used her senior status to defeat Ed Martin and the empire builders, at Nalcor. Both she, and her predecessor, might have
worked ‘tooth and nail’ to save the the Province from a long road
of financial stress. They could
have made their own sums available, even to
the ‘naysayers’, possibly demonstrating that Nalcor might not have gone rogue.
Likely they found such an initiative required excessive leadership
risk and, anyway, ‘cheerleading’
has a motion that favours prevailing winds.
of Finance is staffed by many excellent people possessed of knowledge and
skills to independently assess the viability of Muskrat Falls. It is incredulous that they were not given a mandate to model the Project, to check
Nalcor’s numbers, or to challenge that Agency’s financial analysis and
conclusions. Nalcor reserved that role entirely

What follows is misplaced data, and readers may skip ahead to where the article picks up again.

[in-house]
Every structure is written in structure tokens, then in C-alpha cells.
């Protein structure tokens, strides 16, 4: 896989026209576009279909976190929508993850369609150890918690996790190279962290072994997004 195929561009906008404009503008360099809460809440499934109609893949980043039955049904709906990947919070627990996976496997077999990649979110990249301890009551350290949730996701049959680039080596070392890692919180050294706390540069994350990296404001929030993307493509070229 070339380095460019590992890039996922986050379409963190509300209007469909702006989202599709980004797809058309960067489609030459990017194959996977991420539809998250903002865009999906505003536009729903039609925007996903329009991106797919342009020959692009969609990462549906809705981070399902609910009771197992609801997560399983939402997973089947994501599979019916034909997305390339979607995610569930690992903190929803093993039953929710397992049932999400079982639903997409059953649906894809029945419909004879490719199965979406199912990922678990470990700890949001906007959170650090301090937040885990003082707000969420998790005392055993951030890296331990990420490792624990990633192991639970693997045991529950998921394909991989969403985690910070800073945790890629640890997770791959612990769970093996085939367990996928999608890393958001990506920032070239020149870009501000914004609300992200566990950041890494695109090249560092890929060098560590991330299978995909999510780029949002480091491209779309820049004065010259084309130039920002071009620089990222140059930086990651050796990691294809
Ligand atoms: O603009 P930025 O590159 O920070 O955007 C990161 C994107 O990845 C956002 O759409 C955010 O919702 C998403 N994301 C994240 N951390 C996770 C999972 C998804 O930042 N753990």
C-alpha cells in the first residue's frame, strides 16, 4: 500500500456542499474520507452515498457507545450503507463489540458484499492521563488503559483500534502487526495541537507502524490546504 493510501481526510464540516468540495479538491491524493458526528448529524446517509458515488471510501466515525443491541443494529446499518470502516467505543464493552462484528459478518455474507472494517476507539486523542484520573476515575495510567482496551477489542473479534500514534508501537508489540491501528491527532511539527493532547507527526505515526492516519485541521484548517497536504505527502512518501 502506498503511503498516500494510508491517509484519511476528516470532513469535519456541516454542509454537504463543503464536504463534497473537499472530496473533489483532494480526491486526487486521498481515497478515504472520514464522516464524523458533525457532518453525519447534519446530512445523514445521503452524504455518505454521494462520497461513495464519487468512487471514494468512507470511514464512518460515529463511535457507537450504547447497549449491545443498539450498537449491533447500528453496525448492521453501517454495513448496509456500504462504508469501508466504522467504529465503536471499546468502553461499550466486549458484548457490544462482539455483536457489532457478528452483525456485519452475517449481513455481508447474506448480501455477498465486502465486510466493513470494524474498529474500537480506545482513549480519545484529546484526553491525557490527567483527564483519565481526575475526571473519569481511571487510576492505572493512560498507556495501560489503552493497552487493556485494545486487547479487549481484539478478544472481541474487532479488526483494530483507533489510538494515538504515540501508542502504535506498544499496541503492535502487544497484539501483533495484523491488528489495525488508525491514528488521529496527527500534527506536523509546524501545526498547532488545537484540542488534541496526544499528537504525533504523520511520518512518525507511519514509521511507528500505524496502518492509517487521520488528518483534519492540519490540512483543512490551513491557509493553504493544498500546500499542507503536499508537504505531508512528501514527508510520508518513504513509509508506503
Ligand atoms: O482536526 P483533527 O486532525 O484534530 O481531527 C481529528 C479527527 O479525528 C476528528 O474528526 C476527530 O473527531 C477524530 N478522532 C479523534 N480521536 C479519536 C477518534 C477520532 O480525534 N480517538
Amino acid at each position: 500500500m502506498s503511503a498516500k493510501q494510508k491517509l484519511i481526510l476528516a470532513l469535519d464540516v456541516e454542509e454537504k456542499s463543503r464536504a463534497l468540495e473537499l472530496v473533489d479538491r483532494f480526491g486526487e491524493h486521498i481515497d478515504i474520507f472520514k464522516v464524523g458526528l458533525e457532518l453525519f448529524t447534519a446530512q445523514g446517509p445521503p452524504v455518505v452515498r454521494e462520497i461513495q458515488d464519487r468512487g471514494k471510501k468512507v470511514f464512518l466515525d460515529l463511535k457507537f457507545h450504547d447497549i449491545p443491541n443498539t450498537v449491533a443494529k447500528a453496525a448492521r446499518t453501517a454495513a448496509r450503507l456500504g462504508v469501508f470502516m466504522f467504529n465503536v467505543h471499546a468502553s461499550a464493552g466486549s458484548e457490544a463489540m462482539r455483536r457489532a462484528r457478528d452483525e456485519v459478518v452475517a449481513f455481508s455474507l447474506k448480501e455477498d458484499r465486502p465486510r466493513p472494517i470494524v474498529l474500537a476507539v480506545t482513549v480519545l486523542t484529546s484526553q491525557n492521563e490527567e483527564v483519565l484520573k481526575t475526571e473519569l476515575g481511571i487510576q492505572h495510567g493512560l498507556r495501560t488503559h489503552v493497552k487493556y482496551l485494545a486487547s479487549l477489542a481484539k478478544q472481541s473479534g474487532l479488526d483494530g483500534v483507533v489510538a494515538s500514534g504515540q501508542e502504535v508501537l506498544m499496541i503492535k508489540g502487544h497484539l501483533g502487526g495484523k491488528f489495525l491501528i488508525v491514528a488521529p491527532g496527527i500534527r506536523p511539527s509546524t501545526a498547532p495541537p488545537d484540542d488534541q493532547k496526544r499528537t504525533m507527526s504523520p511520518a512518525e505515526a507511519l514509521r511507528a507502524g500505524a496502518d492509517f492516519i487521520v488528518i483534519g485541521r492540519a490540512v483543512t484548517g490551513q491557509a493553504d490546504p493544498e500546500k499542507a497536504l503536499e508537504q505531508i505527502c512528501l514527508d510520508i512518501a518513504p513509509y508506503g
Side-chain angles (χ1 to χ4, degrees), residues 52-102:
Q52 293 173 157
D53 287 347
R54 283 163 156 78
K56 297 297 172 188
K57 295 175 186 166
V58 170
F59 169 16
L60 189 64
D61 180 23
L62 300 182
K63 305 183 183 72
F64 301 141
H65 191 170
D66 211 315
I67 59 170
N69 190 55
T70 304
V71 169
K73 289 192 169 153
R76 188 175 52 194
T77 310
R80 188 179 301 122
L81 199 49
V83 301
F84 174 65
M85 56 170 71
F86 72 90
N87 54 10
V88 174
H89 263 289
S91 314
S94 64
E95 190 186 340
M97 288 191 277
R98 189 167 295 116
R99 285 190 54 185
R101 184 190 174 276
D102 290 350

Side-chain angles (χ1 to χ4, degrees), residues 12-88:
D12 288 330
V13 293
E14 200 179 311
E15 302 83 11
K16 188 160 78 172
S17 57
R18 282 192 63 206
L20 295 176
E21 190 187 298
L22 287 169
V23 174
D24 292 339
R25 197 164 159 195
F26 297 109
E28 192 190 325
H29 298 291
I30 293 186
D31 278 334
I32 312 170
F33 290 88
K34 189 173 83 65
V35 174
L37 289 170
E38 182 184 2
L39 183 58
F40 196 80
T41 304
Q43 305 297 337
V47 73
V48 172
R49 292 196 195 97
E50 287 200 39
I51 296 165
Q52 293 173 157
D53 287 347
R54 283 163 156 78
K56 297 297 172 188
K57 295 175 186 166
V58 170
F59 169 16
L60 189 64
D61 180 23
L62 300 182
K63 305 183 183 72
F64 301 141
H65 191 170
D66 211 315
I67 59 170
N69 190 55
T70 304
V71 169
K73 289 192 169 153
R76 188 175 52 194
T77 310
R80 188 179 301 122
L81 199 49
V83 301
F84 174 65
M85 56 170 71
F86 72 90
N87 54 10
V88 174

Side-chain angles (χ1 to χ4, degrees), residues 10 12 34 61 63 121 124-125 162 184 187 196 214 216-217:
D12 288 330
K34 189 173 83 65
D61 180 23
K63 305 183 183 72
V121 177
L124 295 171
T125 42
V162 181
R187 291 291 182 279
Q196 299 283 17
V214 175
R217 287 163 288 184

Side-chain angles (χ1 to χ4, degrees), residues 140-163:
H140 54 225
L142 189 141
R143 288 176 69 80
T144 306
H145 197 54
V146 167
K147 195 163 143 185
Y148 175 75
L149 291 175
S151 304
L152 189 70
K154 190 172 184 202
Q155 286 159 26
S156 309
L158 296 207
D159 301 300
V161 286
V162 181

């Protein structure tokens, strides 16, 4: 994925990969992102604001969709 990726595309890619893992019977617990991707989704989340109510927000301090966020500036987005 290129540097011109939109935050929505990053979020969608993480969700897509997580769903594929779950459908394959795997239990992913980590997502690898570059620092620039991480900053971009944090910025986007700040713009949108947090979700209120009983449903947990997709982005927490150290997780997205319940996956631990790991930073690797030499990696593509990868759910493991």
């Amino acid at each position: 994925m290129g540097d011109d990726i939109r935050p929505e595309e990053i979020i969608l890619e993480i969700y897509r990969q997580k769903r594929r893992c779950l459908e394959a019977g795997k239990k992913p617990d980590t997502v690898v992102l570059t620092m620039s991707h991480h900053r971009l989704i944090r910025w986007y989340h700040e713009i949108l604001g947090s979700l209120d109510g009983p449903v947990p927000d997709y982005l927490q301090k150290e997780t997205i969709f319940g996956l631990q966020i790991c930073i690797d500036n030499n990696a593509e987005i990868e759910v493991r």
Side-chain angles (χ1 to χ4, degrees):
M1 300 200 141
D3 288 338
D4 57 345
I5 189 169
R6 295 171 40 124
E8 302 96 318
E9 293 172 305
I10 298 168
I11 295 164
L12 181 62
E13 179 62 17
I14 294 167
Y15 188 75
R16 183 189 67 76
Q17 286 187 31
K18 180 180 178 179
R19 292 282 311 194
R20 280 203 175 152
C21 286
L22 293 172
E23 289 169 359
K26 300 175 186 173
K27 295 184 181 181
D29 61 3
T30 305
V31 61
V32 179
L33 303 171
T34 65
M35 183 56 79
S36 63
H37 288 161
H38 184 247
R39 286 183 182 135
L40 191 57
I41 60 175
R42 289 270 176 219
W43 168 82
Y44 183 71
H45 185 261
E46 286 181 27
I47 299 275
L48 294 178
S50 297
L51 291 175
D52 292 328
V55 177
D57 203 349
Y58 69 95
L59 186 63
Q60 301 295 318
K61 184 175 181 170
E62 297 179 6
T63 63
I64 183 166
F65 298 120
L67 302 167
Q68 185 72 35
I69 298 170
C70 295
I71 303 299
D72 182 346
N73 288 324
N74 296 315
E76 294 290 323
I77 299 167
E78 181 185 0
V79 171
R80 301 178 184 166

for itself. Of course, Nalcor would have
had to share its data base and agree to provide on-going updates. No Deputy Minister of Finance, I ever knew,
would have been refused the information.
What is the
result? The Deputy Minister of Finance has no ability to run to her Minister or
to the Premier, armed with an ‘independent’ analysis or the capacity to
give her elected masters fair warning, if Ed Martin is blowing smoke.
know that Nalcor’s Cabinet Submissions are routed through the Department of
Natural Resources and not through Finance? Few would even care that that Deputy Minister does
not get to play the role of Ed Martin’s courier! But, they might be shocked if they knew that
the Deputy stood in a public place and supported the Muskrat Falls Project,
using the third party information of Nalcor.
Even today, a large part of the NL public believes that, even if the
politicians are unwise, the most senior bureaucrats in the Government will have
where a wise Secretary to the Cabinet might whisper in the Finance Deputy’s ear
and express puzzlement at her oversight?
Evidently he, too, has checked the direction the political wind and chose to be quiet.
wonder I might suggest that the Premier look outside of Government for help.